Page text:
By Elias M. Stein, Guido Weiss
This booklet offers with the extension of genuine and complicated equipment in harmonic research to the many-dimensional case. So, its pre-requisites are a powerful historical past in actual and intricate research and a few acquaintance with common harmonic research, that's, this e-book is meant for graduate scholars and dealing mathematicians. possibly a few complicated undergraduates may disguise sure elements of the material.
This e-book is one part of the Stein trilogy on harmonic research (together with "Singular Integrals and Differentiability homes of capabilities" and "Harmonic Analysis", either additionally reviewed by way of myself), and as such it has to be considered as an authoritative reference at the topic because Elias Stein and Guido Weiss are of the major specialists within the box, and the fabric they chose used to be taken from their instructing and learn experience.
The contents of the ebook are: The Fourier rework; Boundary Values of Harmonic services; the idea of H^p areas on Tubes; Symmetry homes of the Fourier remodel; Interpolation of Operators; Singular Integrals and structures of Conjugate Harmonic services; a number of Fourier Series.
Includes motivation and whole factors for every subject, excercises for every bankruptcy, referred to as "further results", and large references. extraordinary printing caliber and great clothbound.
These 3 volumes may be found in each analyst's library.
Please have a look to the remainder of my stories (just click my identify above).
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Additional info for Introduction to Fourier Analysis on Euclidean Spaces. (PMS-32)
1), provided that f(t, u) is bounded. In the second paragraph, we study systems with asymmetric nonlinearities. These are non-selfadjoint problems. e. 2). The benefit of this assumption is that it gives some localization of the solution in the sense that there exists t 0 E [0, 1r] such that f3(t 0 ) < u(t0 ) < a(t 0 ). Such a property can be used to obtain multiplicity results. The last paragraph extends some of the ideas on monotone iterations. 1). 1 Assume the function f : [0, 21r] x lR --+ lR is continuous and bounded.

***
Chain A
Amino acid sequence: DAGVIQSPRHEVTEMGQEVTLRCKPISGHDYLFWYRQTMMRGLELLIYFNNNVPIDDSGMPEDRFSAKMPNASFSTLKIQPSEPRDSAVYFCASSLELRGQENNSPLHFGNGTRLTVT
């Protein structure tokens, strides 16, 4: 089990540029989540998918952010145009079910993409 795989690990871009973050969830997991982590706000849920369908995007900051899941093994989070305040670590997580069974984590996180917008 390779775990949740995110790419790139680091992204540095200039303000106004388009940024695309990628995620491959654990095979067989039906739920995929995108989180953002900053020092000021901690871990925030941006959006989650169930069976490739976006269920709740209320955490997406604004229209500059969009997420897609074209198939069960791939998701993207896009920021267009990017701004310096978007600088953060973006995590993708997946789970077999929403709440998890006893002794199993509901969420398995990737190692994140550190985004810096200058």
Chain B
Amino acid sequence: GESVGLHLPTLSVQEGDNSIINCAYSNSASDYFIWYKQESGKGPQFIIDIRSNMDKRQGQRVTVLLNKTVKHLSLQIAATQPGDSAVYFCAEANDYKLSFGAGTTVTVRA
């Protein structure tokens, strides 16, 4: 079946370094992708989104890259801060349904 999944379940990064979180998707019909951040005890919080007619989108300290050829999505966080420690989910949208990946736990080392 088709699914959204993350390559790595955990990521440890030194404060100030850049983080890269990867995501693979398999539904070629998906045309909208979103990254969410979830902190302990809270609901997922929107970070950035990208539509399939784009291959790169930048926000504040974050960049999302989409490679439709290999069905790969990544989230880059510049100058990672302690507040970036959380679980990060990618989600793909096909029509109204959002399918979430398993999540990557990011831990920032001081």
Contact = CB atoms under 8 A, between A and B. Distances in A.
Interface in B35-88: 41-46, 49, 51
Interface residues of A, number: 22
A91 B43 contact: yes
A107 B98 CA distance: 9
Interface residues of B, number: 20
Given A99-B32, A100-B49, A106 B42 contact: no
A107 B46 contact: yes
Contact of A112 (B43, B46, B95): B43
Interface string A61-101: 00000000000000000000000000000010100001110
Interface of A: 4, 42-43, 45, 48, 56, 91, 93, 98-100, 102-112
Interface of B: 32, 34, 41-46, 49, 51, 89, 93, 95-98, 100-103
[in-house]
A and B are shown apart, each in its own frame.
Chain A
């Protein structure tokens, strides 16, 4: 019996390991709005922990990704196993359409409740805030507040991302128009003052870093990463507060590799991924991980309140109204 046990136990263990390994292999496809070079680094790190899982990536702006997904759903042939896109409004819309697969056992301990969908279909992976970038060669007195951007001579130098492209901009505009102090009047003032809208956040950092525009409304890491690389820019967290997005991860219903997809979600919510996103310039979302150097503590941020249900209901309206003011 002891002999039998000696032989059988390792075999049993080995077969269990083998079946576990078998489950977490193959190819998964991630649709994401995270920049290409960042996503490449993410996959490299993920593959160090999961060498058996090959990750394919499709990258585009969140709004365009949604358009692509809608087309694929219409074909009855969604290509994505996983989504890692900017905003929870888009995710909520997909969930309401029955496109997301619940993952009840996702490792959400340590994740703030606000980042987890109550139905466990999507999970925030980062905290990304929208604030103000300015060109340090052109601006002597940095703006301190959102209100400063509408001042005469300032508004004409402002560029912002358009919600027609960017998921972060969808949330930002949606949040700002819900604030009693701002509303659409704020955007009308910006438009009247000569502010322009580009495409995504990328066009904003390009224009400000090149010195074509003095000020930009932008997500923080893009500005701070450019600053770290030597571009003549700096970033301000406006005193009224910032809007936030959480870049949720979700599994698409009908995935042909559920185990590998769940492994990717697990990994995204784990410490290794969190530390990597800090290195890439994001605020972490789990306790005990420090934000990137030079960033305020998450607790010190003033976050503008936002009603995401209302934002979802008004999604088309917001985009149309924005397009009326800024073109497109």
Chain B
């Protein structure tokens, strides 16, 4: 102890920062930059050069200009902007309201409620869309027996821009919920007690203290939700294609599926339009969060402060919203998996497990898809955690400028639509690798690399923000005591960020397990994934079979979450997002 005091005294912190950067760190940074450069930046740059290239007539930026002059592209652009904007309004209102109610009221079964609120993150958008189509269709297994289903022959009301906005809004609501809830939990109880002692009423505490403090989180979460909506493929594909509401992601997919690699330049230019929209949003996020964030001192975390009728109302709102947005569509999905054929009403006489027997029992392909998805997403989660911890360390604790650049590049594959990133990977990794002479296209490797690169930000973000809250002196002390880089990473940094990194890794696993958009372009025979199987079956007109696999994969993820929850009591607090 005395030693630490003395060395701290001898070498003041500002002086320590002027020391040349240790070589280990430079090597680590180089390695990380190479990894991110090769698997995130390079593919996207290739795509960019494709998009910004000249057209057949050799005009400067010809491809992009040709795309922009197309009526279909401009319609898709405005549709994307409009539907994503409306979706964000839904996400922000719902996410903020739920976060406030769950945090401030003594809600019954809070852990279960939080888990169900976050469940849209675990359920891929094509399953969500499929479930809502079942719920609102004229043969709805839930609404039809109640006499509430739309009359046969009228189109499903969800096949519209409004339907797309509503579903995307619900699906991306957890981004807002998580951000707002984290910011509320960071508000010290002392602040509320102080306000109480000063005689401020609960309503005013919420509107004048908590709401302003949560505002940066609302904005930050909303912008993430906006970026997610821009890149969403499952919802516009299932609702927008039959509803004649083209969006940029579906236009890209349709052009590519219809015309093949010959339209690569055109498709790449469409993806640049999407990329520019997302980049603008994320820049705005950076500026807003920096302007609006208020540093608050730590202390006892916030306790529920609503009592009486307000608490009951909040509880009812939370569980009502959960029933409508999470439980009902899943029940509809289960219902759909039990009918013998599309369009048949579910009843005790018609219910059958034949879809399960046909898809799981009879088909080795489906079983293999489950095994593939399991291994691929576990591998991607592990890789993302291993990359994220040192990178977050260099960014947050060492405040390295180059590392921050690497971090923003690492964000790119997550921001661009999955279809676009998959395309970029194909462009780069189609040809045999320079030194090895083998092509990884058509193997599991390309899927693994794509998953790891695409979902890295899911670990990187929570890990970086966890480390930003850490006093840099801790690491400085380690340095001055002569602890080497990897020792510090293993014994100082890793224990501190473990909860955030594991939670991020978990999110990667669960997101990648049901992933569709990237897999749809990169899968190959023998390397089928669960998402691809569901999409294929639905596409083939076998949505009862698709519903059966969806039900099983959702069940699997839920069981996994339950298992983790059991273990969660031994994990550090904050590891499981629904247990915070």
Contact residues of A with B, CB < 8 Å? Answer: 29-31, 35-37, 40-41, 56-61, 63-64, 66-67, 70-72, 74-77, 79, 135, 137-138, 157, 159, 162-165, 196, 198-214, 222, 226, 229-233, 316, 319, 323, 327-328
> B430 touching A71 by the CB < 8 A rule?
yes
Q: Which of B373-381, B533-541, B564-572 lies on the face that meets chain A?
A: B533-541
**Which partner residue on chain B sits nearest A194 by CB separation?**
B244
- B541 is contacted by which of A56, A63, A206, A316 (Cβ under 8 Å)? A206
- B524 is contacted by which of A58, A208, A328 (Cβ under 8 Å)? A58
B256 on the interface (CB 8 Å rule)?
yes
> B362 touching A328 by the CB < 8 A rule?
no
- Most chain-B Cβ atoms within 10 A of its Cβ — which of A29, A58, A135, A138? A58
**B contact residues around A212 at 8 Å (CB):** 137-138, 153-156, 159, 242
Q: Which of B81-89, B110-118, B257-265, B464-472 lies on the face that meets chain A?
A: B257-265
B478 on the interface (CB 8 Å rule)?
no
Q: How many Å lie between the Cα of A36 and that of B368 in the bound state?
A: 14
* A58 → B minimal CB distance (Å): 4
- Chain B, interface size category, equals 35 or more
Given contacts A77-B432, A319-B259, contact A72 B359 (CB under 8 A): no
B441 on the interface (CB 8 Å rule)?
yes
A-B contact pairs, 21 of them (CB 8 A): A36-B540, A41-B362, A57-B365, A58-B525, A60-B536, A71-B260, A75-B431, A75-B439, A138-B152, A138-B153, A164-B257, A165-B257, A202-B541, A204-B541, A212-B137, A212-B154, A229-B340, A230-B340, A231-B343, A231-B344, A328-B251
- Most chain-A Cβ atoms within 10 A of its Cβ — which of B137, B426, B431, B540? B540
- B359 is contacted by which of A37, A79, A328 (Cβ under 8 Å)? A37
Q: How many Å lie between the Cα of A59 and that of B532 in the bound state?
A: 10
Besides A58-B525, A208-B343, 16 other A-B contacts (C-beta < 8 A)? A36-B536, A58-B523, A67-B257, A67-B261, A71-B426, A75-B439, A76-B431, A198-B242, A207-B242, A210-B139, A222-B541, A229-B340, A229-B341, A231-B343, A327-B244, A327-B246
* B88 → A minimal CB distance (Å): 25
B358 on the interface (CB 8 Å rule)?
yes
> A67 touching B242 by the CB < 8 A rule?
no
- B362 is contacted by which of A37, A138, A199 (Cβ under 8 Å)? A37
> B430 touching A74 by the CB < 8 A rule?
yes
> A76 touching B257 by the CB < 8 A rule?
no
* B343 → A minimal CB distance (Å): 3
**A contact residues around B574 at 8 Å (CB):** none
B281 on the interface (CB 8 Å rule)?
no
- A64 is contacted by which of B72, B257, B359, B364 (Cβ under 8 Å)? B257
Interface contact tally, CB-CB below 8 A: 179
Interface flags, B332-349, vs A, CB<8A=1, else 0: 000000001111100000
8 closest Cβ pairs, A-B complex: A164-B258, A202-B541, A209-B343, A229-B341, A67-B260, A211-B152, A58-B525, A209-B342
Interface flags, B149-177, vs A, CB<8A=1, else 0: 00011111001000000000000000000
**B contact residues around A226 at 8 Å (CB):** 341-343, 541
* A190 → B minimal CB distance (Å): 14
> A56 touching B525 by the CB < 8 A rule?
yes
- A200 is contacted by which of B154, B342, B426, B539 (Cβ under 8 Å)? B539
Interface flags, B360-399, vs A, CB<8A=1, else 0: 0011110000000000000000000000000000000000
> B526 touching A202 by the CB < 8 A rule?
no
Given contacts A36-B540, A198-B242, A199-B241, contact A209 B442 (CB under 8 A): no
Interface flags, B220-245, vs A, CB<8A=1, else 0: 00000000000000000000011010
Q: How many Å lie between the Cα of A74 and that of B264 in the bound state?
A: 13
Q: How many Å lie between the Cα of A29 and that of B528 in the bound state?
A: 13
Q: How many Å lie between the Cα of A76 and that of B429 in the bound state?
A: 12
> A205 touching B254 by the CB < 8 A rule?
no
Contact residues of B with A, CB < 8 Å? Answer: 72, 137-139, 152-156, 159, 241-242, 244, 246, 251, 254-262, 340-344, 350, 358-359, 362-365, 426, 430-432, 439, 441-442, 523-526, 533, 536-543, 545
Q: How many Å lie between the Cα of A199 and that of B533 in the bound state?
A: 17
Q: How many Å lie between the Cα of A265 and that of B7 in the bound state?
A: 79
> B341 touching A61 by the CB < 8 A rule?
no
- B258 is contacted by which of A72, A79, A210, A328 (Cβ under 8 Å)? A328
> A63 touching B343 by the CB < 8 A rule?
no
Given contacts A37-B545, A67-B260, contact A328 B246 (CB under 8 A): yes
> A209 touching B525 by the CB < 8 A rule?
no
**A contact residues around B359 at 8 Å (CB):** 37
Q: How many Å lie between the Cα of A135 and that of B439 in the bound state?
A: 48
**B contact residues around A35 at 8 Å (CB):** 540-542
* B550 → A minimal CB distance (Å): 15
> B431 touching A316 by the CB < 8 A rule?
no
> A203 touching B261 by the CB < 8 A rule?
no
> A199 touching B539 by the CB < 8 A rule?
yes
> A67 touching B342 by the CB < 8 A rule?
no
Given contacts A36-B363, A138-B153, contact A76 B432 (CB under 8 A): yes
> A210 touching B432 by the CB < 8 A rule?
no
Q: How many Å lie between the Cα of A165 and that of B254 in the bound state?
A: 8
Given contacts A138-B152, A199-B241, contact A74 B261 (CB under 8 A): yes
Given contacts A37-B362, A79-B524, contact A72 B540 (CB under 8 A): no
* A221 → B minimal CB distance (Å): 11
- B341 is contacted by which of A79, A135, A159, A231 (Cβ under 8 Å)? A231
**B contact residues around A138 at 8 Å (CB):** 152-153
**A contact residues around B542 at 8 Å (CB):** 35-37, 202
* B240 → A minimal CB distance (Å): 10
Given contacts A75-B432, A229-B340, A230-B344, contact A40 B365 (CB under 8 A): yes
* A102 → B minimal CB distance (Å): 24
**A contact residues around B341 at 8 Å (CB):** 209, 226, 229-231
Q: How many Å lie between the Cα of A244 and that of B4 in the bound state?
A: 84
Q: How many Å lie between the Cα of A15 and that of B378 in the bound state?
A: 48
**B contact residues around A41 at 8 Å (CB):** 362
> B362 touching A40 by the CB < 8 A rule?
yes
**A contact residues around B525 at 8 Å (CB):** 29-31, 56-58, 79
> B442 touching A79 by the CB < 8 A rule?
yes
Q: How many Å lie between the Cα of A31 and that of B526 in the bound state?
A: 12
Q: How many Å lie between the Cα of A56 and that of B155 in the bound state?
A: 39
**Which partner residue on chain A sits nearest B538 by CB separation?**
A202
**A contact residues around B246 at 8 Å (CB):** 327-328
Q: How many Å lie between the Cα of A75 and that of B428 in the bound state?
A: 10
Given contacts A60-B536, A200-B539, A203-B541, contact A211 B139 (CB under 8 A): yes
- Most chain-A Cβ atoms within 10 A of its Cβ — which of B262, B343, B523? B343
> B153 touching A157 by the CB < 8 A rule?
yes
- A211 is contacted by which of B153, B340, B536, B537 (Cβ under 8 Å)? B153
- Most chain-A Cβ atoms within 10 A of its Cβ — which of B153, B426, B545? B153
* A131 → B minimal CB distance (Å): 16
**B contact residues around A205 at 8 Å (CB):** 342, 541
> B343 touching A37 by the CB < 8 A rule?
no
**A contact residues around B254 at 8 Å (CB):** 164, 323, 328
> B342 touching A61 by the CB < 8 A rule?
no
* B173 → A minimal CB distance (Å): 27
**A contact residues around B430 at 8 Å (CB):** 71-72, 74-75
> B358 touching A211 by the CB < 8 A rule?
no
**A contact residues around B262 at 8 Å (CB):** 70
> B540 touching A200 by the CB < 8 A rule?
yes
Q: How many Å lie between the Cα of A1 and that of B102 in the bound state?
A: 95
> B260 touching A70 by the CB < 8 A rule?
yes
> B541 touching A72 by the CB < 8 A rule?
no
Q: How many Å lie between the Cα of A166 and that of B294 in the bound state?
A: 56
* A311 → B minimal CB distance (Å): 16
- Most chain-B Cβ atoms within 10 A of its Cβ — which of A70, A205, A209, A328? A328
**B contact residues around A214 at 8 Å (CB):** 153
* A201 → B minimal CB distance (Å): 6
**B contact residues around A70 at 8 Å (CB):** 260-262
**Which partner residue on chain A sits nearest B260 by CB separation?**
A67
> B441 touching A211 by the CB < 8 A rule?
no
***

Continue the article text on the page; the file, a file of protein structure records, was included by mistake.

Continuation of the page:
Assume further (i) for every R > 0, there exists hR E A such that, for a. e. t E ]0, 1r[ and all u E [a(t), R], if(t, u)i ~ hR(t); (ii) there exist p > 0 and b, c E A, b > 0 on [0, 1r] such that • for a. e. 1 of u +:Abu= 0, u(O) = 0, u(1r) = 0, is such that >. 1 < 1. +) nC 2 (]0, 1r[, IRci). A similar result can be obtained from a resonance condition. 3 Let f: ]0, 1r[ xiRt --+ lR be a continuous function. Assume there exist a, E C([O, 1r]), respectively a W 2 •1 -lower solution and a strict W 2 •1 -upper solution, such that /3(0) > 0, j3(1r) > 0, and for all t E ]0, 1r[ f3 0 < a(t) :S j3(t).
2 Let f: ]0, 1r[ xJRci -+JR. be a continuous function. Assume there exist a, (3 E C([O, 1r]), respectively a W 2•1 -lower solution and a strict W 2•1 -upper solution, such that (3(0) > 0, (3(1r) > 0, and for all t E ]0, 1r[ 0 < a(t) :::; (J(t). Assume further (i) for every R > 0, there exists hR E A such that, for a. e. t E ]0, 1r[ and all u E [a(t), R], if(t, u)i ~ hR(t); (ii) there exist p > 0 and b, c E A, b > 0 on [0, 1r] such that • for a. e. 1 of u +:Abu= 0, u(O) = 0, u(1r) = 0, is such that >.